Unified Interior Regions

Region 5: Missouri Basin

USGS Science Centers in the Missouri Basin Region

For more information on what each center is doing in the Missouri Basin, please follow the links below!

Wyoming - Montana Water Science Center

Northern Rocky Mountain Science Center

Kansas Water Science Center

Nebraska Water Science Center

Northern Prairie Wildlife Research Center

Dakota Water Science Center

Regions L2 Landing Page Tabs

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Date published: June 19, 2000
Status: Completed

NAWQA South Platte River Basin Study

The South Platte River Basin study, conducted as part of the U.S. Geological Survey's National Water-Quality Assessment Program, combines information on water chemistry, physical characteristics, stream habitat, and aquatic life to provide science-based insights for current and...

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Collecting Water Data Using a Pressure Gage, Armenia
March 2, 2016

Pressure gage water data collection

Field training on how to measure water level using a pressure gage for a flowing well in Sis, Armenia.

The growth of aquaculture to raise trout, sturgeon and other cold-water fish has increased withdrawals of critical groundwater in the Ararat Basin of Armenia. The USGS is working with partners, including USAID, to develop scientific tools for water-resource

Canyon Lake
February 29, 2016

Canyon Lake February 2017

Waterfowl population on Canyon Lake in Rapid City, SD, during February 2017.

February 23, 2016

Fitting a radio collar

Biologists with IGBST and the National Park Service fit a grizzly bear with a radio collar.  Once a bear is radio collared, biologists can track its movements with telemetry.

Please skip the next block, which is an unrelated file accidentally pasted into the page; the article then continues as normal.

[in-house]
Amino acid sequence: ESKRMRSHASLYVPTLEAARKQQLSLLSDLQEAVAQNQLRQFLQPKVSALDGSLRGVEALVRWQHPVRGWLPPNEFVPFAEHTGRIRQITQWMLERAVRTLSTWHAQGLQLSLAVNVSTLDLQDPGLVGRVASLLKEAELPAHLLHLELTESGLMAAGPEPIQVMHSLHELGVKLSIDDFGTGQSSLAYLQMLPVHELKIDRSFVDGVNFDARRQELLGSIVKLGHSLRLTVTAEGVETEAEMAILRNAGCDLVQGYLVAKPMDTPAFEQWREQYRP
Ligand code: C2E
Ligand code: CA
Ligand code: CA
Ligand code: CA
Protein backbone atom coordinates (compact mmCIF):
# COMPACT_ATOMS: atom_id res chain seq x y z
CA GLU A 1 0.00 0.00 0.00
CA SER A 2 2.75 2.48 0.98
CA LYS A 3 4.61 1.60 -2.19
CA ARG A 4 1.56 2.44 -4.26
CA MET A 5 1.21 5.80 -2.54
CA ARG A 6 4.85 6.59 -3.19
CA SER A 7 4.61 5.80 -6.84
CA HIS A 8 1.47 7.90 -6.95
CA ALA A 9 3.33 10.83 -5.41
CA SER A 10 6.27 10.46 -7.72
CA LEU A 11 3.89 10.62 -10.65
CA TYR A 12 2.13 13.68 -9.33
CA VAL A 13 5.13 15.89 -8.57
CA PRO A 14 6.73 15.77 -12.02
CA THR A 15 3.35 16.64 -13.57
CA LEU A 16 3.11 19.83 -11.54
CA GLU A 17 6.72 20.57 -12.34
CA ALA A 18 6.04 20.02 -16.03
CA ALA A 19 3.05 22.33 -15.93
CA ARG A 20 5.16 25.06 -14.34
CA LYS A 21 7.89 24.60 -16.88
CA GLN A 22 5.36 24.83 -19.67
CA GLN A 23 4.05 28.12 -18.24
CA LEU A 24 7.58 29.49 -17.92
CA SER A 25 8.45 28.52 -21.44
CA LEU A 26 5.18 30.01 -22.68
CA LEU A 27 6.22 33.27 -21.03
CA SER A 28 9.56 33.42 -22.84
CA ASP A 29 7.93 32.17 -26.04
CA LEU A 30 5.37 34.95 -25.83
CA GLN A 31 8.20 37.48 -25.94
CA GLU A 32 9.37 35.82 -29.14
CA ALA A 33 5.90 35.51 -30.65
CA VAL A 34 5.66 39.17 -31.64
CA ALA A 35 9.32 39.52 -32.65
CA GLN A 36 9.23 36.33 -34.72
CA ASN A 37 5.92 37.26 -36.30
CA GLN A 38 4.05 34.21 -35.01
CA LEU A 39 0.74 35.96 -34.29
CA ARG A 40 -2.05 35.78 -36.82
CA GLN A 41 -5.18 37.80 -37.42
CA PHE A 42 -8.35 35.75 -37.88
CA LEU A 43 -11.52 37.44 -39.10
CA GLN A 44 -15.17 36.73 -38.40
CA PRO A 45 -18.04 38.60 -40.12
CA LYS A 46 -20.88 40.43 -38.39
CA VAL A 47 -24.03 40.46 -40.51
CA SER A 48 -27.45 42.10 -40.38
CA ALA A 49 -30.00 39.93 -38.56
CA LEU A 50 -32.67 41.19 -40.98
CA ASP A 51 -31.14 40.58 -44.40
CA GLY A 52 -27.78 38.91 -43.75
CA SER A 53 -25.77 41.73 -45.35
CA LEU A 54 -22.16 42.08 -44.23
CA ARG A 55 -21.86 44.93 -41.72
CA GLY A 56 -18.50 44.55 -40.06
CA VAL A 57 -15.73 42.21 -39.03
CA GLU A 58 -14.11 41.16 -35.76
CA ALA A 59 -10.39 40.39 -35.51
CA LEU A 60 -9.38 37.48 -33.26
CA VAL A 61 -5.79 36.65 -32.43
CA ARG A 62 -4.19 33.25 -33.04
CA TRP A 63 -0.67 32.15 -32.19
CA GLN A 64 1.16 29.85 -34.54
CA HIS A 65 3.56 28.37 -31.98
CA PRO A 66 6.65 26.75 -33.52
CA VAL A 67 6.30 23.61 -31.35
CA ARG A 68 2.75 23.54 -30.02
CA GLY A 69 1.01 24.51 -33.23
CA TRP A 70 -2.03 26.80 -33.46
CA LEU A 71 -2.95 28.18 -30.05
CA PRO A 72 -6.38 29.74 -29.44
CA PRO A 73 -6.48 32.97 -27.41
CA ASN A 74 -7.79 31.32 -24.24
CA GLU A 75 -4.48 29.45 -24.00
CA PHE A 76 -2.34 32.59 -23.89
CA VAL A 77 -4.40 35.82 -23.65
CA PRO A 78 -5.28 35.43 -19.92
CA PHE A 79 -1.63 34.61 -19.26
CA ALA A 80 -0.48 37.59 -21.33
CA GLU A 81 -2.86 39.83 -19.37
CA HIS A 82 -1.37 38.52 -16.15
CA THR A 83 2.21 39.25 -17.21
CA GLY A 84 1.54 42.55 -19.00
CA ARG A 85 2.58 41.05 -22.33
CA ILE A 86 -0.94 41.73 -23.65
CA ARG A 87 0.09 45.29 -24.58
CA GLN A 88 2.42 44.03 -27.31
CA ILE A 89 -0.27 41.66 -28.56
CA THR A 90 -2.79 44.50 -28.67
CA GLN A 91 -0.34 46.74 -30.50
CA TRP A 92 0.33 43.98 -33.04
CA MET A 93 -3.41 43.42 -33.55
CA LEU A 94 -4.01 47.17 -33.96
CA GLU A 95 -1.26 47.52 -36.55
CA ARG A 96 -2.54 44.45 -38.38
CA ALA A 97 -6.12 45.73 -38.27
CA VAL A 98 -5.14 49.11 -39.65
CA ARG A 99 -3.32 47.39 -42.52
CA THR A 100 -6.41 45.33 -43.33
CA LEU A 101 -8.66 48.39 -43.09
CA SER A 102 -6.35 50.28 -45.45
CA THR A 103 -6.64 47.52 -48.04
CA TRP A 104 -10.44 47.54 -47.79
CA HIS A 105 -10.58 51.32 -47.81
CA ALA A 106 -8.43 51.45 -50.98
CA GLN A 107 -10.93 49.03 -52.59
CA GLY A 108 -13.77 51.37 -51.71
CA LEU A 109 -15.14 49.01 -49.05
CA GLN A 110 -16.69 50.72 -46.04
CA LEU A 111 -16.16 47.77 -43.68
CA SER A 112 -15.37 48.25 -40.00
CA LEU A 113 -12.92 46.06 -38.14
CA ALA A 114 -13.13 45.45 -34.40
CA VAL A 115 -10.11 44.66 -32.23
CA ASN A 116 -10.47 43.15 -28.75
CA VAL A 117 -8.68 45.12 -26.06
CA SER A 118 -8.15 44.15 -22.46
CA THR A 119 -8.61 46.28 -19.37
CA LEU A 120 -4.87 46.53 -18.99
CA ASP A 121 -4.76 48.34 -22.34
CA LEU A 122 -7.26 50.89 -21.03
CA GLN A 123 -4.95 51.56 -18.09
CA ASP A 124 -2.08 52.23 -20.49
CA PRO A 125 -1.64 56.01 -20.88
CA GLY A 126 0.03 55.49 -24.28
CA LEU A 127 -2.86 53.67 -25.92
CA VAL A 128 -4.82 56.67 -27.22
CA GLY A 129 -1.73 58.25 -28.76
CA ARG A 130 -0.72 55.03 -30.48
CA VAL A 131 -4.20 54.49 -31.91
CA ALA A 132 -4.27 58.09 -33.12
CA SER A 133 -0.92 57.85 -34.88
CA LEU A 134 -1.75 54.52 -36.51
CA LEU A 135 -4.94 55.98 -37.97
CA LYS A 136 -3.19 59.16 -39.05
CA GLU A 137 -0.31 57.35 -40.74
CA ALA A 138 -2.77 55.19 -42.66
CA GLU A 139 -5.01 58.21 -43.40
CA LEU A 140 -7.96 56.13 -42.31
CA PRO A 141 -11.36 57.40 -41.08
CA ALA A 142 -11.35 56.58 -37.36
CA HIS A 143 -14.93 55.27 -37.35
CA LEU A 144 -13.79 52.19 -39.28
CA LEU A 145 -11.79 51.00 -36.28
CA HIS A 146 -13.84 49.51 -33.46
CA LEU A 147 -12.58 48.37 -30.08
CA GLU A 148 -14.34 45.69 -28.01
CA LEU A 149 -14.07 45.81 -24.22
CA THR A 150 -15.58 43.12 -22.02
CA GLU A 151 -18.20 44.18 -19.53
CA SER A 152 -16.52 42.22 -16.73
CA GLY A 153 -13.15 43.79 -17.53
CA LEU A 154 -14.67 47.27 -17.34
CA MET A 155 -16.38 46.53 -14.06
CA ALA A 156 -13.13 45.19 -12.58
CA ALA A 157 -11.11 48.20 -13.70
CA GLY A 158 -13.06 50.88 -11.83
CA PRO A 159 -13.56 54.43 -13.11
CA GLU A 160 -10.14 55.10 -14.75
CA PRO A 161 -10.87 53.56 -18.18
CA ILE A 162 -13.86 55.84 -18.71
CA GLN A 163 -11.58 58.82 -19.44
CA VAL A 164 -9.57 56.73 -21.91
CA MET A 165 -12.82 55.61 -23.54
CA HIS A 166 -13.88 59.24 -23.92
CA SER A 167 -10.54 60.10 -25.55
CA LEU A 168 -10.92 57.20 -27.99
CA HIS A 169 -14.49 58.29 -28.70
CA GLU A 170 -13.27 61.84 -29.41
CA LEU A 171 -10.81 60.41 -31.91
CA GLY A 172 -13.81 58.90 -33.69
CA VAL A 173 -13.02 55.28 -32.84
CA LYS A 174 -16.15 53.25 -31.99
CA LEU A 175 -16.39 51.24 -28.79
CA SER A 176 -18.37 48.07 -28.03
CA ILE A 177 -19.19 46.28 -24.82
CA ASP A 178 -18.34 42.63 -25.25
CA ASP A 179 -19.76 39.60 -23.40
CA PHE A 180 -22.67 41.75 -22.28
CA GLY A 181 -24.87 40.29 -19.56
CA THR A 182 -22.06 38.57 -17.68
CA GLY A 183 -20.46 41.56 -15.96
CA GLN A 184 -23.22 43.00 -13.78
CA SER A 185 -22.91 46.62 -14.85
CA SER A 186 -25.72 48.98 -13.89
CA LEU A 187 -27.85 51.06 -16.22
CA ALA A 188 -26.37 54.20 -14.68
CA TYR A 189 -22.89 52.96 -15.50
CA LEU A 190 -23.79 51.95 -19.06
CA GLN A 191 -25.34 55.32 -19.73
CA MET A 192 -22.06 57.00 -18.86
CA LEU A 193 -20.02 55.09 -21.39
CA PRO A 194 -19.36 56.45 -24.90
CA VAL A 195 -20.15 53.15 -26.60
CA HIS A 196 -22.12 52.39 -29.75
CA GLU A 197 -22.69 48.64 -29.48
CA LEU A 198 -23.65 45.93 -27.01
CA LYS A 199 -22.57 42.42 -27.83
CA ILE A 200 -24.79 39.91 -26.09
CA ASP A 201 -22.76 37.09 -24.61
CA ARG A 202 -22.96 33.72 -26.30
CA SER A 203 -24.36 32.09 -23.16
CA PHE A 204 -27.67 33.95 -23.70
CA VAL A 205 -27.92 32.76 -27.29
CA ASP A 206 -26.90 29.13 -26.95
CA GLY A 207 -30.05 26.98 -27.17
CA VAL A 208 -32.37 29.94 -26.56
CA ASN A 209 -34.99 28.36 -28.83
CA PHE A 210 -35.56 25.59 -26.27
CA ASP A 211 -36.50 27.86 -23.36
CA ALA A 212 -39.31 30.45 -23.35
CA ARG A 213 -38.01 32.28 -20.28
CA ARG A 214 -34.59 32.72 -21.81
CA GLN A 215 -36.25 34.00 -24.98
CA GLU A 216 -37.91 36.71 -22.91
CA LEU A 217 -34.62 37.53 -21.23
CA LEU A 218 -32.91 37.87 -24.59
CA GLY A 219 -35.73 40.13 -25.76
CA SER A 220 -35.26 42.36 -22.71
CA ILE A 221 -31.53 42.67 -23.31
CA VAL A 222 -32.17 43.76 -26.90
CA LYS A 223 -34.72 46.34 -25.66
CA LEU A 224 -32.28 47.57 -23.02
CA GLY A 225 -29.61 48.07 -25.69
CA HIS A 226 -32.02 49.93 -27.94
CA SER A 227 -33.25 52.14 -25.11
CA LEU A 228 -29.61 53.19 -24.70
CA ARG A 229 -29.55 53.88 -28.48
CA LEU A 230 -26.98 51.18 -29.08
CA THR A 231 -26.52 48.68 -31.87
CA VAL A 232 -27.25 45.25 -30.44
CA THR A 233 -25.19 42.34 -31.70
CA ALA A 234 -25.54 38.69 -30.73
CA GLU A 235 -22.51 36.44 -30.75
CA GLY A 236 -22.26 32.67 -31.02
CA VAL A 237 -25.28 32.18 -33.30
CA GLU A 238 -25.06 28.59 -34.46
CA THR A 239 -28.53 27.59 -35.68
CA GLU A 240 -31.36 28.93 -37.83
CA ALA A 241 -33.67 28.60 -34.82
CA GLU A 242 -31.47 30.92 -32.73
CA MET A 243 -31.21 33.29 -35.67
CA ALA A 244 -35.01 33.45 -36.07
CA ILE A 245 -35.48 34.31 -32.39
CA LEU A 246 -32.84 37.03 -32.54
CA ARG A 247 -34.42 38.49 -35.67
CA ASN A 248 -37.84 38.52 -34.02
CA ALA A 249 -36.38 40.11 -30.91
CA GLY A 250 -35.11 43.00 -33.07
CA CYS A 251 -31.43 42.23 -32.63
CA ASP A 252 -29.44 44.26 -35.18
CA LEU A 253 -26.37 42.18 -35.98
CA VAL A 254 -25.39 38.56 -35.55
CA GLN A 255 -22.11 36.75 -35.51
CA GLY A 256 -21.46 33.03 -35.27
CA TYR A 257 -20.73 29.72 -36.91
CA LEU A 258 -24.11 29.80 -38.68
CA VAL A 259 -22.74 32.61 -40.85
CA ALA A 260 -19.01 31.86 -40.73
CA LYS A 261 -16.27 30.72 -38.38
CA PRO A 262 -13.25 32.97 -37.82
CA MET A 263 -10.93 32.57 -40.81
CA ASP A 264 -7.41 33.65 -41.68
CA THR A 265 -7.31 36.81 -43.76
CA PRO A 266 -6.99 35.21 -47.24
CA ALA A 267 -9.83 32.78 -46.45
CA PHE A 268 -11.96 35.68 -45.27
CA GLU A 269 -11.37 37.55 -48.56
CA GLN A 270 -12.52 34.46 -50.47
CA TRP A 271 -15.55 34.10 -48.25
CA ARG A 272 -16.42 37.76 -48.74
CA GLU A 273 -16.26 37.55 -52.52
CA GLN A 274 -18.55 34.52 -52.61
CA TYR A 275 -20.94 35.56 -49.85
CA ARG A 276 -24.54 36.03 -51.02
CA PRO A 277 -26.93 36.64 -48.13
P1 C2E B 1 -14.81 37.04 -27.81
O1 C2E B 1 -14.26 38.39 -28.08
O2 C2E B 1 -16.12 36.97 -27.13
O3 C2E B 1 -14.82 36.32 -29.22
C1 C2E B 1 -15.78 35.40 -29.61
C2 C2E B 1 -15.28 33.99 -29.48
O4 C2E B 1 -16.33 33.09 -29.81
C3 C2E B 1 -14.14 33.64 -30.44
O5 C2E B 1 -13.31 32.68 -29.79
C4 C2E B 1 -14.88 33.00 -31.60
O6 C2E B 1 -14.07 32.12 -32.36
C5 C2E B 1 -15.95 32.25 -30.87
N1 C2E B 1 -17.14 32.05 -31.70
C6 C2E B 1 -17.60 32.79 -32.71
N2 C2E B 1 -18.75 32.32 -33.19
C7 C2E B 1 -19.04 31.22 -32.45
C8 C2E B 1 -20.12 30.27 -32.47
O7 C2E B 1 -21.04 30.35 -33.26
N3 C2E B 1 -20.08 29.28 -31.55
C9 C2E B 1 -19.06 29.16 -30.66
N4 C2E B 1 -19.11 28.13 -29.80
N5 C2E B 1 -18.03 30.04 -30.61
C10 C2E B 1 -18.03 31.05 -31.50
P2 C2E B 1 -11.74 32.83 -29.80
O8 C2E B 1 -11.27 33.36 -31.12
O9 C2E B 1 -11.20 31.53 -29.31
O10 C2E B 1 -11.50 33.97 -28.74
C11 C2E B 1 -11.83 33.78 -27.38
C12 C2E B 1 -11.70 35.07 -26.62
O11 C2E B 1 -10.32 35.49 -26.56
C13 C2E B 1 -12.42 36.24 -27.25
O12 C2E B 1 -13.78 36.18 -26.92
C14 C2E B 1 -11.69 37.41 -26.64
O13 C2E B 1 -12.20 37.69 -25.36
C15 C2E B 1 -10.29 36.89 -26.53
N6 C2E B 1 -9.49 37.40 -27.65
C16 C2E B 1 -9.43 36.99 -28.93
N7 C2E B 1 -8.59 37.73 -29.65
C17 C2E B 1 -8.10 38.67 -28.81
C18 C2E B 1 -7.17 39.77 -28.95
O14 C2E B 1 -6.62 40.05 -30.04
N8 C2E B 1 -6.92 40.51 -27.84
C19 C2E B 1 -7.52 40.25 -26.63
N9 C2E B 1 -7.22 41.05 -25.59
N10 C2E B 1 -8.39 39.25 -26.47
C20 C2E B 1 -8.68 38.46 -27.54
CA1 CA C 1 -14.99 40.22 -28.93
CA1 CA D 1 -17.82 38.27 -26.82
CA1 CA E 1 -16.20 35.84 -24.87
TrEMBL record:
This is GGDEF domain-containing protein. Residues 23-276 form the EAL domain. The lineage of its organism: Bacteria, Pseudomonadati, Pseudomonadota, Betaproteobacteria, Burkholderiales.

Grizzly released from trap
February 23, 2016

Grizzly released from trap

After the grizzly bear recovers fully from the anesthesia, it is released back into the wilderness.  

February 23, 2016

Telemetry by air

Once a grizzly bear is radio collared, biologists can track its movements with telemetry via airplane.  The IGBST also used the latest telemetry technologies, which allows downloading of GPS data from the radio collar via satellites.

February 23, 2016

Culvert trap

Biologists place a culvert trap in locations that they need data from.  Field crews will set up the culvert trap and check it daily, usually in the morning, to determine if a bear has been captured.  Additionally, trap doors are checked via radio telemetry. 

February 23, 2016

Telemetry by foot

Once a grizzly bear is radio collared, biologists can track its movements with telemetry on foot.   

February 23, 2016

Culvert trap and bait

Biologists use road-killed ungulates such as deer, elk, or bison as bait in the traps. 

February 23, 2016

At the capture site

At capture sites with road access, biologists drive to a trap with a bear inside to set up for collecting biological data. 

February 23, 2016

An immobilized bear.

Biologists use a syringe pole to immobilize the captured grizzly bear.  It takes approximately 10 minutes for a bear to become immobilized.  

February 23, 2016

Ready to remove from the trap

Biologists have immobilized the bear and prepare to lift it out of the trap and onto the tarp for data collection.  Once on the tarp the bear is easier to move.